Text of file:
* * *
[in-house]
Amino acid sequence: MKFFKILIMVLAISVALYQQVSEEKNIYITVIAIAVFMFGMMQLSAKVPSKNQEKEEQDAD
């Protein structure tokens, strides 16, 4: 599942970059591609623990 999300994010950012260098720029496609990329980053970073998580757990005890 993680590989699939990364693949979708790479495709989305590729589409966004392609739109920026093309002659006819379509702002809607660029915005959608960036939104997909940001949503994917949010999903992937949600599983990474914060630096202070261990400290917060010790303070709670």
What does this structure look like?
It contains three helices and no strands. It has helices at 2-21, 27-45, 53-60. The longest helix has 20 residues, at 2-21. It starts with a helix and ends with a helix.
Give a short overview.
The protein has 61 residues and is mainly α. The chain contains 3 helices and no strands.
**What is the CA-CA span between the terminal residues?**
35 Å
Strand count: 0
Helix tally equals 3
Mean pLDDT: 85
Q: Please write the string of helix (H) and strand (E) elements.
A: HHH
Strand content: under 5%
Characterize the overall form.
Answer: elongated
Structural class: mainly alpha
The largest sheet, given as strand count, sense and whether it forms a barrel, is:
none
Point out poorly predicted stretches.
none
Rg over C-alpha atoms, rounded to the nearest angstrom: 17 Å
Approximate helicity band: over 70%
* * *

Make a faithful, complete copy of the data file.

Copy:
[in-house]
Amino acid sequence: MKFFKILIMVLAISVALYQQVSEEKNIYITVIAIAVFMFGMMQLSAKVPSKNQEKEEQDAD
């Protein structure tokens, strides 16, 4: 599942970059591609623990 999300994010950012260098720029496609990329980053970073998580757990005890 993680590989699939990364693949979708790479495709989305590729589409966004392609739109920026093309002659006819379509702002809607660029915005959608960036939104997909940001949503994917949010999903992937949600599983990474914060630096202070261990400290917060010790303070709670």
What does this structure look like?
It contains three helices and no strands. It has helices at 2-21, 27-45, 53-60. The longest helix has 20 residues, at 2-21. It starts with a helix and ends with a helix.
Give a short overview.
The protein has 61 residues and is mainly α. The chain contains 3 helices and no strands.
**What is the CA-CA span between the terminal residues?**
35 Å
Strand count: 0
Helix tally equals 3
Mean pLDDT: 85
Q: Please write the string of helix (H) and strand (E) elements.
A: HHH
Strand content: under 5%
Characterize the overall form.
Answer: elongated
Structural class: mainly alpha
The largest sheet, given as strand count, sense and whether it forms a barrel, is:
none
Point out poorly predicted stretches.
none
Rg over C-alpha atoms, rounded to the nearest angstrom: 17 Å
Approximate helicity band: over 70%